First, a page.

Kentucky legislature pushes $150 million parks plan

FRANKFORT, Ky. (AP) — Republican lawmakers in Kentucky want to borrow $150 million to fix up the state's park system, starting with a $20 million infusion on July 1 amid what is expected to be a contentious race for governor.

The House Appropriations and Revenue Committee approved House Bill 268 on Tuesday. It would authorize the Arts, Tourism and Heritage Cabinet to borrow and spend $20 million beginning July 1 to do things like replace roofs and expand campgrounds at state parks.

The plan would cost taxpayers an extra $2.2 million in the fiscal year that begins July 1. The rest of the money would be paid back over about 20 years, according to committee chairman Steven Rudy.

Rudy said the plan is part of a larger proposal to borrow $150 million and spend it over the next three years to repair the state's park system. He said the request came from the administration of Republican Gov. Matt Bevin, who is one of three governors in the country up for re-election this year.

Representatives from Bevin's office did not respond to a request for comment.

Kentucky has 49 state parks. Some are resorts, with hotels, restaurants and golf courses. The Bevin administration has already spent $18 million in repairs as part of its "Refreshing the Finest" program, which included 133 projects. Bevin announced an additional $20 million investment earlier this month, which had been approved by the state legislature last year.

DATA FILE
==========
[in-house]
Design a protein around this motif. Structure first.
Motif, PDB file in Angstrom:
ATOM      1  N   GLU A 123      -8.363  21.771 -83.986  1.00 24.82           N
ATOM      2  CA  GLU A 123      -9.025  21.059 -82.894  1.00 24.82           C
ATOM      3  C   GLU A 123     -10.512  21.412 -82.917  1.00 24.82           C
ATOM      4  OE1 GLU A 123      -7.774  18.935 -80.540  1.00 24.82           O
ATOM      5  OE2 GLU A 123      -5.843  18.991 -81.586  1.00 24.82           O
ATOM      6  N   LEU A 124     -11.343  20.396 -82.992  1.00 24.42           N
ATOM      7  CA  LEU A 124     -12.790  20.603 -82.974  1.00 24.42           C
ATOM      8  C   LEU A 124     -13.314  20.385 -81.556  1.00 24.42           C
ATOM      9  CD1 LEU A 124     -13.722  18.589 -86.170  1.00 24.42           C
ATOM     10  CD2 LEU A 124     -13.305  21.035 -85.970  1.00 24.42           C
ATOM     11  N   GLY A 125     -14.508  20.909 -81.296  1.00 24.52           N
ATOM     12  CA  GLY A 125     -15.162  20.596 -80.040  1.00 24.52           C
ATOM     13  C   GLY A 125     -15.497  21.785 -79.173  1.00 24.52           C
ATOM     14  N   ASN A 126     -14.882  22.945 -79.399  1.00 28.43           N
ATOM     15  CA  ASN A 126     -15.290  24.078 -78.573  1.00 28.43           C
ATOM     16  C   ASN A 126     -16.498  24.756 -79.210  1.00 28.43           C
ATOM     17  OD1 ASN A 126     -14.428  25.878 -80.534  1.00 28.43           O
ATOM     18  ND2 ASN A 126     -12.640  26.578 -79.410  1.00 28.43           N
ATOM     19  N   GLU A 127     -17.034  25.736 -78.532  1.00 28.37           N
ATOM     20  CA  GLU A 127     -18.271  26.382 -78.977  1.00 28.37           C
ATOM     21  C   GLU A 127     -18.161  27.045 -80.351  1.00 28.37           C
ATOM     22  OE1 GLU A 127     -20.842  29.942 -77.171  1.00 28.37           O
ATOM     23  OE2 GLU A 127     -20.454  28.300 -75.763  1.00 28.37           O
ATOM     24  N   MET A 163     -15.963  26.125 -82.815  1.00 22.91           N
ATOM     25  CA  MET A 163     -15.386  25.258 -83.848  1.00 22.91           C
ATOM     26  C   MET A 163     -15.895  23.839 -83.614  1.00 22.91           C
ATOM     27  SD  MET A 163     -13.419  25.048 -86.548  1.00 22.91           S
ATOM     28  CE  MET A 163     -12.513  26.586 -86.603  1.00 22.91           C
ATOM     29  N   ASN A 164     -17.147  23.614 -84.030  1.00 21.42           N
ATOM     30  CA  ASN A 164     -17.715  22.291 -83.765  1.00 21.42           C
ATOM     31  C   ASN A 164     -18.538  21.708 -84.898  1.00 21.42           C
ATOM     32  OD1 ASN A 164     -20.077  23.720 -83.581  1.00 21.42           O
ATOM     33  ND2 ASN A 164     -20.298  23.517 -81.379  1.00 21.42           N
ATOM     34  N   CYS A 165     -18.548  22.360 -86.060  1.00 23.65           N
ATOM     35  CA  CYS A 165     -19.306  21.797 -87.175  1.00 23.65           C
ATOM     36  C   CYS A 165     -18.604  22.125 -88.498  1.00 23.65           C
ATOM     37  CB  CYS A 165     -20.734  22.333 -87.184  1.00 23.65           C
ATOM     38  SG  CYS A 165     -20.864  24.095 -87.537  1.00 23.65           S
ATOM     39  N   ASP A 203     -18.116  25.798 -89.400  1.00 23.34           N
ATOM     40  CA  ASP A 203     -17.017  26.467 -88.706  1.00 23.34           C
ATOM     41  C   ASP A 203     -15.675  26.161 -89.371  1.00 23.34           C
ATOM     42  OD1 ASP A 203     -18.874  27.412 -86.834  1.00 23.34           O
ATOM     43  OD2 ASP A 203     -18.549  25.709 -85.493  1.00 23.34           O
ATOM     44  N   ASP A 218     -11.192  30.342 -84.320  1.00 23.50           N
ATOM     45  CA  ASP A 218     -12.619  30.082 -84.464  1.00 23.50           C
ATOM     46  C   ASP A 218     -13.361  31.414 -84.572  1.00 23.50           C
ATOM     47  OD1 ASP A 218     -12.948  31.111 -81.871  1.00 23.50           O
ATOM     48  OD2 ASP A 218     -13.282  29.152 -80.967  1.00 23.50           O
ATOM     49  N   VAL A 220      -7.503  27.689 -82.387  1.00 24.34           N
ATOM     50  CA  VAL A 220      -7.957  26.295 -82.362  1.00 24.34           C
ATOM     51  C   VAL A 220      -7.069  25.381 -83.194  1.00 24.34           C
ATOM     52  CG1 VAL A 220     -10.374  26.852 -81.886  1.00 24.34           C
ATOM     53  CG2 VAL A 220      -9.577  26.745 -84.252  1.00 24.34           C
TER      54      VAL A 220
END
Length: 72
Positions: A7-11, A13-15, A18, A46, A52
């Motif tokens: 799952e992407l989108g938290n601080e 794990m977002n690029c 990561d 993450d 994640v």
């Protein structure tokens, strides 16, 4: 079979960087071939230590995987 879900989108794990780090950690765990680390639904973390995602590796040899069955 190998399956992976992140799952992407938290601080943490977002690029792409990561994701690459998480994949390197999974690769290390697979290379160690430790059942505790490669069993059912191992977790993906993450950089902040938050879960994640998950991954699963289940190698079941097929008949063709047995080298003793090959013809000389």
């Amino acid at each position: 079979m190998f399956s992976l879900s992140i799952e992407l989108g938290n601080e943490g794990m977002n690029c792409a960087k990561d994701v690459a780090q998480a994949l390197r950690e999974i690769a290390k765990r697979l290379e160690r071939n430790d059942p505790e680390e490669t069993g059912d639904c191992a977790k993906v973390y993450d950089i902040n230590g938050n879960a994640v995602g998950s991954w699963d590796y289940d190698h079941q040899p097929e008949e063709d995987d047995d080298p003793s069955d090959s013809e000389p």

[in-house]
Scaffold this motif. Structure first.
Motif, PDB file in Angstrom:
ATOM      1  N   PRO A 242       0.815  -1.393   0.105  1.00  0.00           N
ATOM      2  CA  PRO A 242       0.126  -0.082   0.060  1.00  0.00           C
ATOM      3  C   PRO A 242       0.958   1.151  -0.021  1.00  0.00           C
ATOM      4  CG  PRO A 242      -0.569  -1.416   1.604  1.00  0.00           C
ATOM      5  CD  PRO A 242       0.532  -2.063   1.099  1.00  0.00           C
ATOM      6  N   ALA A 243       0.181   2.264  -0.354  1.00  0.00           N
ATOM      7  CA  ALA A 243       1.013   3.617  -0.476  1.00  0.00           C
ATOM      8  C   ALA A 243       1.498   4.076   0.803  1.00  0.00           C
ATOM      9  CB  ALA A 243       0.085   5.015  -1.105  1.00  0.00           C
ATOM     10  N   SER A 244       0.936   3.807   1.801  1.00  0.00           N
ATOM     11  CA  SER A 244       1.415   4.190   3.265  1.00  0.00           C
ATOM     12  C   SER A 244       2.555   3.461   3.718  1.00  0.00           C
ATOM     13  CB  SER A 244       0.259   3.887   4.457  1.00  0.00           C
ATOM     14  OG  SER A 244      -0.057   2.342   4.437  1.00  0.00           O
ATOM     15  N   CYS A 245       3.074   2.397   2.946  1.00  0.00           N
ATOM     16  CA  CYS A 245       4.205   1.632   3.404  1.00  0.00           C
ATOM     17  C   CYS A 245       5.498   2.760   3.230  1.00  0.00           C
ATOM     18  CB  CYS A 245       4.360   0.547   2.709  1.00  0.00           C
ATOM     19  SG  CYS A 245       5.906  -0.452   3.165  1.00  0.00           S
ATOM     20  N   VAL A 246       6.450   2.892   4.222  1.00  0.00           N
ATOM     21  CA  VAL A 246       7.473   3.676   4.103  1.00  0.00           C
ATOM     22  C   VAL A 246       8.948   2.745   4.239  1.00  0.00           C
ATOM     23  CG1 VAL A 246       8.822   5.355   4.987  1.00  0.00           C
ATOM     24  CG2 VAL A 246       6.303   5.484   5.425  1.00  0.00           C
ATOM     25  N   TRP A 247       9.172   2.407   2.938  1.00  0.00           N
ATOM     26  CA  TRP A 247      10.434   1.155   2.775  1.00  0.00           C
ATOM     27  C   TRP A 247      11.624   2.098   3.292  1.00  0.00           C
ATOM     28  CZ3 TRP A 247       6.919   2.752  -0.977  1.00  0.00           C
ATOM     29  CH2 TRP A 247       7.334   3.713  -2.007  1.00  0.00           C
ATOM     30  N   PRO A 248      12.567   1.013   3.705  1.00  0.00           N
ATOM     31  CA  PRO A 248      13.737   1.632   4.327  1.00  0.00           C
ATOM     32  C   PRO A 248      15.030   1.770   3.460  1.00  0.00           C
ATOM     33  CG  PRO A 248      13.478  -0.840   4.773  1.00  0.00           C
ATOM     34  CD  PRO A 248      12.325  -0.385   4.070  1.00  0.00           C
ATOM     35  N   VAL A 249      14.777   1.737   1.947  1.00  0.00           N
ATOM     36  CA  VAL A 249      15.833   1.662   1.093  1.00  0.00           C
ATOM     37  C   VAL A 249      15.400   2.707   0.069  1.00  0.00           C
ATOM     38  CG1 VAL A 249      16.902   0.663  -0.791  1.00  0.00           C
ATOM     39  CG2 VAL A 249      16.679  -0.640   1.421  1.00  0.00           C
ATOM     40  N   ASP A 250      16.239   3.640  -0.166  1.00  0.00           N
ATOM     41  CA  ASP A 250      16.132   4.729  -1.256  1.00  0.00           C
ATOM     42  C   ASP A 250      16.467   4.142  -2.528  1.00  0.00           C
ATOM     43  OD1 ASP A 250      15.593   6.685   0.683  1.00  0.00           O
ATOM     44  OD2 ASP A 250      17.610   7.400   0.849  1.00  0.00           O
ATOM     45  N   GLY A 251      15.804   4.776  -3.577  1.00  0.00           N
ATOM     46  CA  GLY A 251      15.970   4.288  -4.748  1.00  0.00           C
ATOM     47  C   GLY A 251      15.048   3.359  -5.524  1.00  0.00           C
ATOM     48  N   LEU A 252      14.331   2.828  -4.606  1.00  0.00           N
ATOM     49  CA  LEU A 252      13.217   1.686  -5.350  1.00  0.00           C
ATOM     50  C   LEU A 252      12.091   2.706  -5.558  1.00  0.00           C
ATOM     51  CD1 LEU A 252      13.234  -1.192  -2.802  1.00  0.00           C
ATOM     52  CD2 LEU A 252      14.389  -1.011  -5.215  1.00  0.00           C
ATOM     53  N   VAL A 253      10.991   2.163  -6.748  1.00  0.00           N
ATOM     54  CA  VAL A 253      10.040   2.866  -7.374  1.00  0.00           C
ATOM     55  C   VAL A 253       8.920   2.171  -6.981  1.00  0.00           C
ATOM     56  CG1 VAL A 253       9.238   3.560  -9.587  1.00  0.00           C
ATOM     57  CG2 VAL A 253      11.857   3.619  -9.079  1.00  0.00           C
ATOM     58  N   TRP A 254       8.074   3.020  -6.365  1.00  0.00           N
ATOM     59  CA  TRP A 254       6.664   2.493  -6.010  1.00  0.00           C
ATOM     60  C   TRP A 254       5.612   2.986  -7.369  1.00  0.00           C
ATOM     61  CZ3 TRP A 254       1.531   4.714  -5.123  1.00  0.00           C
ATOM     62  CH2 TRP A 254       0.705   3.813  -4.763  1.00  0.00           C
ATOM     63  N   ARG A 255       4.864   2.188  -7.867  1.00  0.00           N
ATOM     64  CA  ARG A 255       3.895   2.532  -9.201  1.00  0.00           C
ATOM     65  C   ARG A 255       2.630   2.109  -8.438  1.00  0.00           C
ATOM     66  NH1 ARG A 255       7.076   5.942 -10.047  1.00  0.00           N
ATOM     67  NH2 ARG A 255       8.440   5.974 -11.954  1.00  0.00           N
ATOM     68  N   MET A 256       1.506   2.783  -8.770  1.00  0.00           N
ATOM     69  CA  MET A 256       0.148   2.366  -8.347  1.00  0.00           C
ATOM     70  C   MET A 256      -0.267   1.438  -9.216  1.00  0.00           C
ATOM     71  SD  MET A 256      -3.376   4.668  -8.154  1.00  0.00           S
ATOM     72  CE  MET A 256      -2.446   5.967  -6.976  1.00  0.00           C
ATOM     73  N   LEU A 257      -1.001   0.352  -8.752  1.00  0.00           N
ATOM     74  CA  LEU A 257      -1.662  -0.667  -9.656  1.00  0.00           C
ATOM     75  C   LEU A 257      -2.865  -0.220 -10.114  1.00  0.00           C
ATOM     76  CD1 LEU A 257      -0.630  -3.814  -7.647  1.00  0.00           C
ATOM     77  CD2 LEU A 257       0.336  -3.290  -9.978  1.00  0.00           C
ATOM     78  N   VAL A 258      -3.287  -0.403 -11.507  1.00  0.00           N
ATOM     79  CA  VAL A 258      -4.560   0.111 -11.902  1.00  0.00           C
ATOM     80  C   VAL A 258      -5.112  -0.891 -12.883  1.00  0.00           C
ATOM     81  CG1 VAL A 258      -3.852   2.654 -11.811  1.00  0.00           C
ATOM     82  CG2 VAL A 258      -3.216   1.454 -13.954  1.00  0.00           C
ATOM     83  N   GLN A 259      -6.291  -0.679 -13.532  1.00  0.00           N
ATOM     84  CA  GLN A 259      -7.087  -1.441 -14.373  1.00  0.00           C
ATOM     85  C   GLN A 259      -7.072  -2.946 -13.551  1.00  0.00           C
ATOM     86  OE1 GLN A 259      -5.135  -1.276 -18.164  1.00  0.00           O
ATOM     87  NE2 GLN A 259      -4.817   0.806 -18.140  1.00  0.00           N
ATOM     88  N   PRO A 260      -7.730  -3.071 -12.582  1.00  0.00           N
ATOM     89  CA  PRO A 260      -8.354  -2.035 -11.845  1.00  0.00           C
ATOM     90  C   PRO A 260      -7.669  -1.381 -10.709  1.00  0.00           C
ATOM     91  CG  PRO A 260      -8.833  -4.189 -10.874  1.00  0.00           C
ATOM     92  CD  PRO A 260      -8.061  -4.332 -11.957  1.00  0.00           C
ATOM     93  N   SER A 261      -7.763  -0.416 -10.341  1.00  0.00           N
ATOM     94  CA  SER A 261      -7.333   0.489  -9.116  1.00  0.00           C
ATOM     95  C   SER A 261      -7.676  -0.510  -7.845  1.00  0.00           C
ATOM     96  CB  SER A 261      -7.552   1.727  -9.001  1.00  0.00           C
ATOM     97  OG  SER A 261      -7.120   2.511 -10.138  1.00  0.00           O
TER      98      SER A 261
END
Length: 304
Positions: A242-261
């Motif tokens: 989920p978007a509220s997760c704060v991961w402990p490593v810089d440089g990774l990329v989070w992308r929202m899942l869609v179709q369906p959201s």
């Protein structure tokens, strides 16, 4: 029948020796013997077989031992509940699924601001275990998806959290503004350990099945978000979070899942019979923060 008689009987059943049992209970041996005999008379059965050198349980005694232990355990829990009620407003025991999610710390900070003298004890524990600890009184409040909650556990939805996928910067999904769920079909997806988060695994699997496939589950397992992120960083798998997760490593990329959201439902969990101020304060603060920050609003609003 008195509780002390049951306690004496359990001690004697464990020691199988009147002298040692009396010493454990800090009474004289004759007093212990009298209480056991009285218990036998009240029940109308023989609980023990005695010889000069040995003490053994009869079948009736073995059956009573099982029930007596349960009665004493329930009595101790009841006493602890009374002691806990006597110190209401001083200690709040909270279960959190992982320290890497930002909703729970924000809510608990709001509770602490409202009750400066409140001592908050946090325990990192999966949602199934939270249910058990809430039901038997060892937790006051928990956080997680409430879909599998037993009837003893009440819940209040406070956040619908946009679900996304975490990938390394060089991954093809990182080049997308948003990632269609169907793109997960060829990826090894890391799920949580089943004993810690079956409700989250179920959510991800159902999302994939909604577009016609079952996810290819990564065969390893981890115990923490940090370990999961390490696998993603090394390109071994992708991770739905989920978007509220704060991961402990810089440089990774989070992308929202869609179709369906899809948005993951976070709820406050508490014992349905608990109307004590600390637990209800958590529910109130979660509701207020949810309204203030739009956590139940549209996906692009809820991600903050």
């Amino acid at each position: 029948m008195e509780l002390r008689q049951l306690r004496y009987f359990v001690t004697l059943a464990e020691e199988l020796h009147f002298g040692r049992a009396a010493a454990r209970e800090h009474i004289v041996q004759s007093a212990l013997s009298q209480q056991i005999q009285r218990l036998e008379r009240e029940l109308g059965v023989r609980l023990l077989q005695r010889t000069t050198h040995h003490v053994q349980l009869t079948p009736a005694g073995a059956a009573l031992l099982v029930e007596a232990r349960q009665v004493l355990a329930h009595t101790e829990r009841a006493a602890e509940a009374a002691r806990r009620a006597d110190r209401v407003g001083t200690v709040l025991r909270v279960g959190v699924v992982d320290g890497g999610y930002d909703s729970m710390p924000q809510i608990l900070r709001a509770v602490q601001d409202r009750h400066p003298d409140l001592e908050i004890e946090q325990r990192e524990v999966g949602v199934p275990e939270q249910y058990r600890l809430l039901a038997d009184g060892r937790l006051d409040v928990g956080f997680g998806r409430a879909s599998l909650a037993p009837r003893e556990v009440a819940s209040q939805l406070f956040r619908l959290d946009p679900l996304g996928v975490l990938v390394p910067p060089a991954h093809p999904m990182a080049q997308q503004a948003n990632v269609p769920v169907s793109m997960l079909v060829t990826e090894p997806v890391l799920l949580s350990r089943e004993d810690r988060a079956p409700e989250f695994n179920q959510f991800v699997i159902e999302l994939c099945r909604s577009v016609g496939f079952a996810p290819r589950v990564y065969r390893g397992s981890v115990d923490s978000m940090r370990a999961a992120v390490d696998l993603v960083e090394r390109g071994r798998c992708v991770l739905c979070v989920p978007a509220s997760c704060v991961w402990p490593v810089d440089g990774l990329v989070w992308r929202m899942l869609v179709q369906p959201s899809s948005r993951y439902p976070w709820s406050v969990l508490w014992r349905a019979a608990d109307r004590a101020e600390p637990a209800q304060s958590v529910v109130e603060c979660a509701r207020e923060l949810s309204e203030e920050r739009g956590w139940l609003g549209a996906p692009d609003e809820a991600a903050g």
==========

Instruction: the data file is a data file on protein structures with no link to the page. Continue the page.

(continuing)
"We have some hidden gems in our state parks and they have been lagging behind for quite some time," Rudy said. "Hopefully we are going to be able to move into this century with our state parks with this investment."

But the increased spending comes as lawmakers want to make changes to the state's tax code. The committee also approved House Bill 354, which would exempt most nonprofit organizations from collecting sales taxes on admissions. That would include tickets to University of Kentucky and University of Louisville sporting events.

If that bill passes, it would cost taxpayers $7.75 million. Plus, the legislature is debating a school safety bill that would add millions of dollars to state spending in 2020 — money that has yet to be allocated.

But Rudy said the state would make money over time, when including other changes that would collect sales taxes on products sold online. He also said the state's reserves would be enough to cover the losses.

"We've built in a lot to the rainy day fund," he said.

Rudy said the House could pass the bills Thursday. Lawmakers need at least 60 votes to pass them because they are revenue bills in a year when lawmakers don't normally approve spending. But Republicans control 61 of 100 seats in the House of Representatives.

House Bill 354 seemed to surprise some Democrats on the committee, including Rep. Ruth Ann Palumbo, who noticed other things the bill does like decreasing the property tax rate on some heavy equipment.

"This looks like it goes a lot farther to me than that simple little cleanup bill for charity that we all support," she said.